Scientists from The Scripps Research Institute have uncovered new evidence that challenges the current theory about a process key to the way modern drugs are designed and how they work in the human body.
The new study was published October 10, 2010 in an advance, online edition of the journal Nature Chemical Biology.
Currently, the theory about ligands compounds that bind to proteins and trigger a specific biological action and how they bind to proteins runs along the lines of a one person-one vote paradigm. Ligands are considered to be the relatively static partner in the process, and easily rejected if the protein dramatically changes shape.
In contrast, working with the molecular systems that recognize the hormone estrogen, the new Scripps Research study found that as protein receptors change shape ligands can adapt to that change, binding productively to both active and inactive structures.
"To our great surprise, the ligand bound differently to the active and inactive conformations of the receptor," said Kendall Nettles, an associate professor in the Department of Cancer Biology at Scripps Florida. "This strongly suggests a novel mechanism for managing [cell] signaling activity. The implications of this are profound, both for our understanding of how ligands regulate protein activity, and as a novel approach in drug discovery."
Changing the Drug Discovery Model
In the current study, the scientists worked with a receptor (which binds substances triggering certain biological effects) for the hormone estrogen and a well known estrogen receptor antagonist (which blocks the receptor). Estrogen receptors are activated by the hormone estrogen, which is one of two primary female sex hormones (the other is progesterone). Disturbances in estrogen levels play a role in number of disorders including cancers, heart disease, and stroke in women.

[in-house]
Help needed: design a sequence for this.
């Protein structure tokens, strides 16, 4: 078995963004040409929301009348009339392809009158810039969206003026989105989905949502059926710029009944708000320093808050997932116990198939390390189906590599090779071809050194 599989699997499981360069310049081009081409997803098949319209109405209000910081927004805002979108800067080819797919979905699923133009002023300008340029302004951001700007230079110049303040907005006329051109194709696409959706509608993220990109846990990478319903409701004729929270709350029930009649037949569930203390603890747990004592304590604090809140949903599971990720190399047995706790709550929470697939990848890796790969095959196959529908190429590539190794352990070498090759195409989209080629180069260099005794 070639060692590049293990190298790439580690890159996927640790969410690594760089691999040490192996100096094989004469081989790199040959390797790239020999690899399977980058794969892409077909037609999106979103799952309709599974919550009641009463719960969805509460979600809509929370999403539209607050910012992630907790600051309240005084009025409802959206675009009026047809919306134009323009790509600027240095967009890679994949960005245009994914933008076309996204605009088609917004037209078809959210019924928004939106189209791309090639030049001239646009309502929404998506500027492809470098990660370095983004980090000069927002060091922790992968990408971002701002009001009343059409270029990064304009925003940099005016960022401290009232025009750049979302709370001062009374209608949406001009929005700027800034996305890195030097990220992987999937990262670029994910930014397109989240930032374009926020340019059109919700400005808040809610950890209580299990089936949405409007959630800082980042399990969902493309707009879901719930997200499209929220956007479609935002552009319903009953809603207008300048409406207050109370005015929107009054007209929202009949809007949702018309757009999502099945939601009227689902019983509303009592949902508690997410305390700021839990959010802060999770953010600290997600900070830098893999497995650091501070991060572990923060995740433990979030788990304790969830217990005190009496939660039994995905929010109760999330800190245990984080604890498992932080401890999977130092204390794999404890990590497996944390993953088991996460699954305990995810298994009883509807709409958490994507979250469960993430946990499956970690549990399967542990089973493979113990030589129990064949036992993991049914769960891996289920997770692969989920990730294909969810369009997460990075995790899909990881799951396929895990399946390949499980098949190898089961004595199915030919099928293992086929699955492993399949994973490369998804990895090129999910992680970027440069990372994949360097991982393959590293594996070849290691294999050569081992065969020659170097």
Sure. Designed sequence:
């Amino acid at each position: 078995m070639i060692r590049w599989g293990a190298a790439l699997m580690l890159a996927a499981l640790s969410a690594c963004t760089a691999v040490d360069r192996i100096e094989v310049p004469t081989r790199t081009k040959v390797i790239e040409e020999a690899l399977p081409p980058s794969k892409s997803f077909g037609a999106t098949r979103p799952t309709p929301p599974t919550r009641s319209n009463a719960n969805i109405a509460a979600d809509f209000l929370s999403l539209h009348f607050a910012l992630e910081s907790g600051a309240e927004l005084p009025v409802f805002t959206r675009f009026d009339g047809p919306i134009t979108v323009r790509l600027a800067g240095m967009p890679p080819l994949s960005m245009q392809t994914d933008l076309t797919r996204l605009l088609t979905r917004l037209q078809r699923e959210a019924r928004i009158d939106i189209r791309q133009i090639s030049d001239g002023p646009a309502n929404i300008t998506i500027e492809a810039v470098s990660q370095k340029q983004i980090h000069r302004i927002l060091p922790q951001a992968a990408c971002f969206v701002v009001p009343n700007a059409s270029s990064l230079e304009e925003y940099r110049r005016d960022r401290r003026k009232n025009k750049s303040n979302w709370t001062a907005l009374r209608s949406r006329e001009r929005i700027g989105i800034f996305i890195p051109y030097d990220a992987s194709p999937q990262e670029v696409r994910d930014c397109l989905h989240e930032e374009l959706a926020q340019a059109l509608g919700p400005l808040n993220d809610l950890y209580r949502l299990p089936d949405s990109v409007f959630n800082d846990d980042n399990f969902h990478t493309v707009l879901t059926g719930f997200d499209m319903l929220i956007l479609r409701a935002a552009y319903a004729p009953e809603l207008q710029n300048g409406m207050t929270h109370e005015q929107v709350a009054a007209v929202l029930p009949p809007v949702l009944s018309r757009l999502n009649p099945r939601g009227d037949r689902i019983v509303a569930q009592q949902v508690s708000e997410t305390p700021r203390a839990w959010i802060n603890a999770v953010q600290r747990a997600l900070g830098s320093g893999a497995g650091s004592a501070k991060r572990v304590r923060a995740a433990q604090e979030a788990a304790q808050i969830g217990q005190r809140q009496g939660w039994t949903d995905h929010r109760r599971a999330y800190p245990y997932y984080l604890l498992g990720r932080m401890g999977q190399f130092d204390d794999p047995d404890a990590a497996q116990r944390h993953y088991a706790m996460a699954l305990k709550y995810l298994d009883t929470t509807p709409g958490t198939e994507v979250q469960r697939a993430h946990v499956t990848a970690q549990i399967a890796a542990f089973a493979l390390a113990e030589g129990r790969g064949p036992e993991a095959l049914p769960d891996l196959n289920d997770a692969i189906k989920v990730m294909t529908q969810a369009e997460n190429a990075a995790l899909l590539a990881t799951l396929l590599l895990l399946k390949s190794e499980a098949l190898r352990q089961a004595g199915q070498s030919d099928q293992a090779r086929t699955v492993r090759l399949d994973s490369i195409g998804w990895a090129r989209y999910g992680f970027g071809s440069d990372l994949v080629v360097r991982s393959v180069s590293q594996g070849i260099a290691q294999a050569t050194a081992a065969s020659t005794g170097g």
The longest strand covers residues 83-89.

When ligands bind to a specific subset of receptors, the ligands stabilize specific protein conformations, turning on (or off) molecular switches that control diverse cellular functions. For example, the binding of the breast cancer treatment tamoxifen is specific for the inactive conformation of the estrogen receptor this locks the receptor in place, blocks the active conformation and prevents tumor growth.
"Our new findings suggest that we need to think not only about an ensemble of protein conformations, but also an ensemble of ligand binding orientations when we think about therapeutic compounds," Nettles said. "As the protein and ligand move together, each can have a unique affinity, and activity profile, which working together defines the signaling output."
Nettles is excited by the possibility the new study suggests of working with an ensemble of ligand conformations, perhaps combining one with anti-inflammatory properties which play a role in cancer with another that blocks tumor growth. "This would give you dual therapeutic activity, potentially doubling the effectiveness of the treatment," he said.
Nettles is also eager to find out whether the new study's findings apply to other ligand-protein pairs. "If ligand dynamics turn out to be a general feature of small molecule signaling," he said, "then our findings have the potential to transform how we think about chemical biology."
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"Coupling of receptor conformation and ligand orientation determine graded activity," John Bruning et al., Nature Chemical Biology.